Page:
The basic process of evolution by natural selection involves genetic changes that confer an advantage in survival or reproduction. What are these genetic changes and where do they occur in the genome?
Work in my lab aims to address these questions with a focus on the tropical Heliconius butterflies, because of their extensive diversity, both within and between species, particularly in colour and pattern. Studies of colour have pioneered much of our understanding of evolution and genetics because it is easily measured and observed, and we have a fairly good understanding of the selective pressures operating on colour. Work in my lab mainly focusses on analyses of DNA sequences from within and between populations, and between species, which we use to identify the action of natural selection and to find associations between genetic and phenotypic variation.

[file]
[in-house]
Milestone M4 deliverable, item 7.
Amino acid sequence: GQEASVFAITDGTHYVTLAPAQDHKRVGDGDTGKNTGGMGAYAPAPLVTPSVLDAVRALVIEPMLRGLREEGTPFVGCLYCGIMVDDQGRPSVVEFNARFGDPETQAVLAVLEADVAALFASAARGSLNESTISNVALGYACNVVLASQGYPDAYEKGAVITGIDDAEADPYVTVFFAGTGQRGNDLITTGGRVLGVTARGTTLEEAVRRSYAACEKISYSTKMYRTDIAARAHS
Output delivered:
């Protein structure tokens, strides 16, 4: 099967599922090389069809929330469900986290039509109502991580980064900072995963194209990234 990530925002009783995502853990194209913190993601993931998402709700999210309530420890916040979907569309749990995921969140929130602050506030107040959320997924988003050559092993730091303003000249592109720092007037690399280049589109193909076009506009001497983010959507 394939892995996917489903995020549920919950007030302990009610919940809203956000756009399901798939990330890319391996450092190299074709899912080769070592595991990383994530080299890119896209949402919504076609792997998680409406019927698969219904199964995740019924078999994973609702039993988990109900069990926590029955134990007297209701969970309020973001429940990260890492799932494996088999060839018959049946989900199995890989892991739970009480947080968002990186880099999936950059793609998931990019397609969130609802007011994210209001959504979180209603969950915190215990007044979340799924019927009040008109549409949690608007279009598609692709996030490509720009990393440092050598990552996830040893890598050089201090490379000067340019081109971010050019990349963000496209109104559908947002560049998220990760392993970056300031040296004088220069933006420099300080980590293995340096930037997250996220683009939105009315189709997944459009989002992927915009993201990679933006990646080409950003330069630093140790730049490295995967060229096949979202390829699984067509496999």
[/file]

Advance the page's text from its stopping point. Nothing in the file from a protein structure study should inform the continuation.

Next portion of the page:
We also conduct fieldwork in south and central America, to collect butterflies, and to investigate their ecology. One of our current research goals is to identify genes controlling structural colour. These are colours that are produced by nanometre-scale physical structures that interact with light through processes such as diffraction and interference. Very little is currently known about the biological processes that control the formation of these precise nanostructures.
Another major research area focusses on adaptation to altitude in Heliconius in the Andes. We are particularly interested in genetic, physiological and behavioural adptations to temperature.
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